“In the talent category, any of the singing iguanas from St. Dervil’s monastery will be favored,” Ray said. “Though there’s rumors Dermott Bottoms has taught a big iguana at his place to answer arithmetic questions, like in the old Vaudeville horse acts.”

Some participants say the competition is already heating up.

“I never realized how cutthroat this sort of thing can be,” Ham Pilchard said. “The mind games have already started, with people trying to psych each other out ahead of time. Somebody tossed an iguana into Rocky Shore’s bed in the middle of the night. Scared the bejesus out of him—he’s still shaking. And Alison Diesel’s been chasing the iguanas around the Heritage House to spook them and make them harder to catch.”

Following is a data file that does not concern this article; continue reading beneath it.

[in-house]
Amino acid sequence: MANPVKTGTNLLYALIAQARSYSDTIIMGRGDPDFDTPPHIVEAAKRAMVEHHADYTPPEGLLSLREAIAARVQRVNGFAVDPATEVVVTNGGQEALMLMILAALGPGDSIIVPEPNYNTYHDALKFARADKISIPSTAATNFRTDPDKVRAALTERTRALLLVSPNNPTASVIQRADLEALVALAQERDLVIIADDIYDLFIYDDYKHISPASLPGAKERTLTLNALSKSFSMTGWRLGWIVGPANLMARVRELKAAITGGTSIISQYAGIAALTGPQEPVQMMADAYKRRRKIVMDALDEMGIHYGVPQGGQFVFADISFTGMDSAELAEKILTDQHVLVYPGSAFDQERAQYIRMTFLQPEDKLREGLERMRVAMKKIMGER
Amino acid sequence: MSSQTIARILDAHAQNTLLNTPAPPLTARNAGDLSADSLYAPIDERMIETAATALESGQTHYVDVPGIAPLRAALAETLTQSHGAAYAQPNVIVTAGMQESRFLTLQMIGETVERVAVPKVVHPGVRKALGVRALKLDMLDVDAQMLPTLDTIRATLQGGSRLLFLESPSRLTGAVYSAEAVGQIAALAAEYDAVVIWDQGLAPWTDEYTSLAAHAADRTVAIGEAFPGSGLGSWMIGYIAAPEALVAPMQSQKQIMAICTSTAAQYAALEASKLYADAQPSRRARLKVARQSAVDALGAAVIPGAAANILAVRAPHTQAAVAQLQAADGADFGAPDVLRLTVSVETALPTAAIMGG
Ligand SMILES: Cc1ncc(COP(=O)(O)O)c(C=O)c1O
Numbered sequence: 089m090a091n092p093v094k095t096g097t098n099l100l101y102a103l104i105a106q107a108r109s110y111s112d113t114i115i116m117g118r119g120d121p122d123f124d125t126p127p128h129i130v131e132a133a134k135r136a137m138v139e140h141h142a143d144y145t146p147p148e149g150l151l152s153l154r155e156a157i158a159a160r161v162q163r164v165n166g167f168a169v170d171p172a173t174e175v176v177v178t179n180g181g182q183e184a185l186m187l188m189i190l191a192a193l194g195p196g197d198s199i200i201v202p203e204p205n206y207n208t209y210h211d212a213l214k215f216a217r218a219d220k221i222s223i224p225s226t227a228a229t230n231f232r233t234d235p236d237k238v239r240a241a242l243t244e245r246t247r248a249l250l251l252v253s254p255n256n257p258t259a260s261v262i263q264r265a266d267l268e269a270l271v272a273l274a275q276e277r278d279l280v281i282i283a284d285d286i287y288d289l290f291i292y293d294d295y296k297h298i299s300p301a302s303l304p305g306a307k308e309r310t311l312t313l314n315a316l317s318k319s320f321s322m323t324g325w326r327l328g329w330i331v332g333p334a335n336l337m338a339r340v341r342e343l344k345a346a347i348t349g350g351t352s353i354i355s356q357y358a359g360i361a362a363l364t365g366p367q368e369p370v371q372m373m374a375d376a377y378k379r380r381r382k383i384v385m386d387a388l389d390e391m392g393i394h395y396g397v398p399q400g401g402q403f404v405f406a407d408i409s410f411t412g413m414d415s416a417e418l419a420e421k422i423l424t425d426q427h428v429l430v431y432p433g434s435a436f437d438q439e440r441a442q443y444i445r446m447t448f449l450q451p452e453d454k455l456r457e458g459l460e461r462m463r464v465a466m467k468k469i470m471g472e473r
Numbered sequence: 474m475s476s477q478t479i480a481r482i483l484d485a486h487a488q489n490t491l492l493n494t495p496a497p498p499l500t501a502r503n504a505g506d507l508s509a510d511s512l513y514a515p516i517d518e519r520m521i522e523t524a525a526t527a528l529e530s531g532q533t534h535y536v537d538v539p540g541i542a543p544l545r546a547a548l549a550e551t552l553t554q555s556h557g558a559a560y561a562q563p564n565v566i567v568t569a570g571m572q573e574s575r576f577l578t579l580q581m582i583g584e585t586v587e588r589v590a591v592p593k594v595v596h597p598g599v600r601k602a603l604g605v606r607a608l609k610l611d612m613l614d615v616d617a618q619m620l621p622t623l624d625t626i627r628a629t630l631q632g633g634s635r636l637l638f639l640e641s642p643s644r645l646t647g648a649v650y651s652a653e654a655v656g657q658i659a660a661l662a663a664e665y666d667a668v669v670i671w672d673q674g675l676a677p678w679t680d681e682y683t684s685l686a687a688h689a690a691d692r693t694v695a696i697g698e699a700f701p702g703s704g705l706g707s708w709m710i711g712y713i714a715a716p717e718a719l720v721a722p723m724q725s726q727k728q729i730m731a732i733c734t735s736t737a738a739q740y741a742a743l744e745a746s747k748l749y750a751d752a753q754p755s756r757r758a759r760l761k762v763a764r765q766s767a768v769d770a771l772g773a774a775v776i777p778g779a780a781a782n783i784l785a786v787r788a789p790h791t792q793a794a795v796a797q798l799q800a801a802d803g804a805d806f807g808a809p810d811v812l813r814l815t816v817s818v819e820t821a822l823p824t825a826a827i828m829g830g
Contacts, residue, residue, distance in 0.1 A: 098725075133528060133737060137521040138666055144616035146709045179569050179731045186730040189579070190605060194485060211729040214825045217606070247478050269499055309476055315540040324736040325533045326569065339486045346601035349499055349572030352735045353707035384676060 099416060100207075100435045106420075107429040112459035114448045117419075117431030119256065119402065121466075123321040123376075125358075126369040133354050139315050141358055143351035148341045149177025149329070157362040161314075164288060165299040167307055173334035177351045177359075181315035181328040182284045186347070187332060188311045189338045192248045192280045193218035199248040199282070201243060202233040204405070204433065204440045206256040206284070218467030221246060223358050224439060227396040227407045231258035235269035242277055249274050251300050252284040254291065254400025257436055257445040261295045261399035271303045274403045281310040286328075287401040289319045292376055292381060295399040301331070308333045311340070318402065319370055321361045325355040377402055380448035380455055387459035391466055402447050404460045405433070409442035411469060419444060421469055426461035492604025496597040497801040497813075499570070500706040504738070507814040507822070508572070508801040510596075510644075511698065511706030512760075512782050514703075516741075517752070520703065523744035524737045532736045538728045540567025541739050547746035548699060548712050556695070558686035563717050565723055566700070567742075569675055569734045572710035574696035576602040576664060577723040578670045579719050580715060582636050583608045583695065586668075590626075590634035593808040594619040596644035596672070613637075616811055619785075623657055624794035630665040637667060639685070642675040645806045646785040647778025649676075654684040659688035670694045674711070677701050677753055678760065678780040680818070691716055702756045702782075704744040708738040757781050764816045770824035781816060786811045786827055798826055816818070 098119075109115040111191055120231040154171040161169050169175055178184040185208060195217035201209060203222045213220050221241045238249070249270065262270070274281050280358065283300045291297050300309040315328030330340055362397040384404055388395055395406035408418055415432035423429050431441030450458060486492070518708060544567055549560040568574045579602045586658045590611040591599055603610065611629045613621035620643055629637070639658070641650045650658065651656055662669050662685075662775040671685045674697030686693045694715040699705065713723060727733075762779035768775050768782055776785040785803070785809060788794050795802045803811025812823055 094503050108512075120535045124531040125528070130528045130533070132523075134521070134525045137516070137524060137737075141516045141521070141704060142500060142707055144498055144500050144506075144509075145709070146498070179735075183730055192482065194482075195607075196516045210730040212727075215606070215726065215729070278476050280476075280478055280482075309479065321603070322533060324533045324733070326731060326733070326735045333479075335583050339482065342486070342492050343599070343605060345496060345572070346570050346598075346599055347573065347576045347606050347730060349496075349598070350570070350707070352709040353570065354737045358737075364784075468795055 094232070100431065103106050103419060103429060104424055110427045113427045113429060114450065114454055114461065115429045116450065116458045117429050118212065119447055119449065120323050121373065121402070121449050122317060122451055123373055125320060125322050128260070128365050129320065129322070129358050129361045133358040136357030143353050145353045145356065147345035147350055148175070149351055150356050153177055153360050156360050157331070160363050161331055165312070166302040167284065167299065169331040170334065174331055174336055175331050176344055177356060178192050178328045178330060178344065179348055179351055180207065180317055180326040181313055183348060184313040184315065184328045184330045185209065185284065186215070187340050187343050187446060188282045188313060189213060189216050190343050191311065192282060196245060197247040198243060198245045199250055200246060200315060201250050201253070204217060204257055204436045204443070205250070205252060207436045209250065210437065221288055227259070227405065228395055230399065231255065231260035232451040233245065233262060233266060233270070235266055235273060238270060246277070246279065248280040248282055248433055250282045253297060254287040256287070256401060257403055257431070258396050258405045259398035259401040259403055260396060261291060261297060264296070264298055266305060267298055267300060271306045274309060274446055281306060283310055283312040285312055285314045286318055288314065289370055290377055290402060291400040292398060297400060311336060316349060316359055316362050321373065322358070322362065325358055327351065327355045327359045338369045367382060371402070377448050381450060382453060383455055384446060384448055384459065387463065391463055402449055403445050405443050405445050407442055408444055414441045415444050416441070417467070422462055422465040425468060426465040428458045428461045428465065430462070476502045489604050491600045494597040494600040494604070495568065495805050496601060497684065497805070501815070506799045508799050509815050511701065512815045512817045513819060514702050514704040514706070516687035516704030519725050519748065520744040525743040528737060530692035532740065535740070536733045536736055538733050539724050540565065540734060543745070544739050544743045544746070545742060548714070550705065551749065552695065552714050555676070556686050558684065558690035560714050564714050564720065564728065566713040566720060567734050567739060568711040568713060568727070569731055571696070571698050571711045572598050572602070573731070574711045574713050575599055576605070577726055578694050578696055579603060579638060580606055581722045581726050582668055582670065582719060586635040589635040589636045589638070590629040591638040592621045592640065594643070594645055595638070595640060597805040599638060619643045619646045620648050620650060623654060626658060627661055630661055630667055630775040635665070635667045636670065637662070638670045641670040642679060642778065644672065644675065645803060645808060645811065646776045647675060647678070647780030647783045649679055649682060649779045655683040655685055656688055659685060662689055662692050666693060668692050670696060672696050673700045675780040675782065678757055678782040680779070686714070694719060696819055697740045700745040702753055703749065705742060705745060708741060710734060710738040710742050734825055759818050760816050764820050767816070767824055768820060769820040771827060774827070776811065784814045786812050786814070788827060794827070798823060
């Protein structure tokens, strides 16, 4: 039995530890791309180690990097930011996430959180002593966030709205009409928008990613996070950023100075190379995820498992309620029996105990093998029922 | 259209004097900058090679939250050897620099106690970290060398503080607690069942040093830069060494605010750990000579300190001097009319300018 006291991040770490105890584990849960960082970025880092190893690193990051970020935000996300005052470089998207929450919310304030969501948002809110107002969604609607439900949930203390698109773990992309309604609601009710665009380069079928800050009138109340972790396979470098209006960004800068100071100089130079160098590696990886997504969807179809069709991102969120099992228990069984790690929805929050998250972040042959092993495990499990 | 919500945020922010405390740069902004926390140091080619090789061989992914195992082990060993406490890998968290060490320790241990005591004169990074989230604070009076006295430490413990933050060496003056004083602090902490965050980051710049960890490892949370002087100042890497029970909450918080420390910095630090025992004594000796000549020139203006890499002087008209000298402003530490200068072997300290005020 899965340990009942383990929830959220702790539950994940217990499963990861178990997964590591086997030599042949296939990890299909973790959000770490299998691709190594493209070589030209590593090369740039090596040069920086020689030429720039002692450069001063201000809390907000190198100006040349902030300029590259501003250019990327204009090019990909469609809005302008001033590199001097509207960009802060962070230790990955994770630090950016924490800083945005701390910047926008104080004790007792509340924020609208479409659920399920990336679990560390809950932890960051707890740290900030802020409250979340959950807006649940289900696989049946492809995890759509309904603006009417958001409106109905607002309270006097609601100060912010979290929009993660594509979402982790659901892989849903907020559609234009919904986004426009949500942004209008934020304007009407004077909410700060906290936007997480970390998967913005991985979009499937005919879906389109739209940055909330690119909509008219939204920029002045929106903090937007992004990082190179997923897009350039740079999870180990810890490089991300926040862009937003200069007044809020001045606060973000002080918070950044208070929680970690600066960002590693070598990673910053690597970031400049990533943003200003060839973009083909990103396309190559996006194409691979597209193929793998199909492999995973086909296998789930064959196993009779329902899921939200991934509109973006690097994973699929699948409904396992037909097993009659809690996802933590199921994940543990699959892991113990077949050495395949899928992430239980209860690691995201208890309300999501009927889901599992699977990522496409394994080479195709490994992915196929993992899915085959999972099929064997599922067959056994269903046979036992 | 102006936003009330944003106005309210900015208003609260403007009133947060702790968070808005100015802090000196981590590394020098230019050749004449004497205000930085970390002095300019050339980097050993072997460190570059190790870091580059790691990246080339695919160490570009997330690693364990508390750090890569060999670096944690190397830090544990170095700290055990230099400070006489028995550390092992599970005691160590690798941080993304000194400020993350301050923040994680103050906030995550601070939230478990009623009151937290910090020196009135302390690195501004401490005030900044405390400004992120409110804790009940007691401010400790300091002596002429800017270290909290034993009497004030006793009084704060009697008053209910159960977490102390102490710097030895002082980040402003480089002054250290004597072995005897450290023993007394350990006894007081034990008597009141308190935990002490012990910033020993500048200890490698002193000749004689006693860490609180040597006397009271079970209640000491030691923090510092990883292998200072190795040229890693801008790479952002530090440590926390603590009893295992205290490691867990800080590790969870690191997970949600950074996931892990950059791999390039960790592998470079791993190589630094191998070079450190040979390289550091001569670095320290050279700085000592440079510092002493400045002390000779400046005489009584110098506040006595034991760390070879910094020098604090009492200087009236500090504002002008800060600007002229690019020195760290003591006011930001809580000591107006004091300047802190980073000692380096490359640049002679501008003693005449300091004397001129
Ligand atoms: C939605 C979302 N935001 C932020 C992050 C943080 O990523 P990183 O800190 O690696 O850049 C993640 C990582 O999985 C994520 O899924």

Tourism officials hope the event will draw more visitors to the island.

“We want people to see Blacktip is unique and has something for everyone,” Department of Tourism spokesperson Goldie Goby said. “We’re not just a diving island anymore. We’re so much more than that.

“We’re also working with the society and the agriculture department to have contestants look for invasive green iguanas during the roundup,” Goby said. “They’ll be chasing lizards through the brush anyway, there’ll be plenty of opportunity to cull any of those suckers they run across.”

Winners of each category will receive ‘Iguana Have Some Fun’ t-shirts. Best in Show will go on a two-island Caribbean tour and receive iguana-feed sponsorships, society officials said.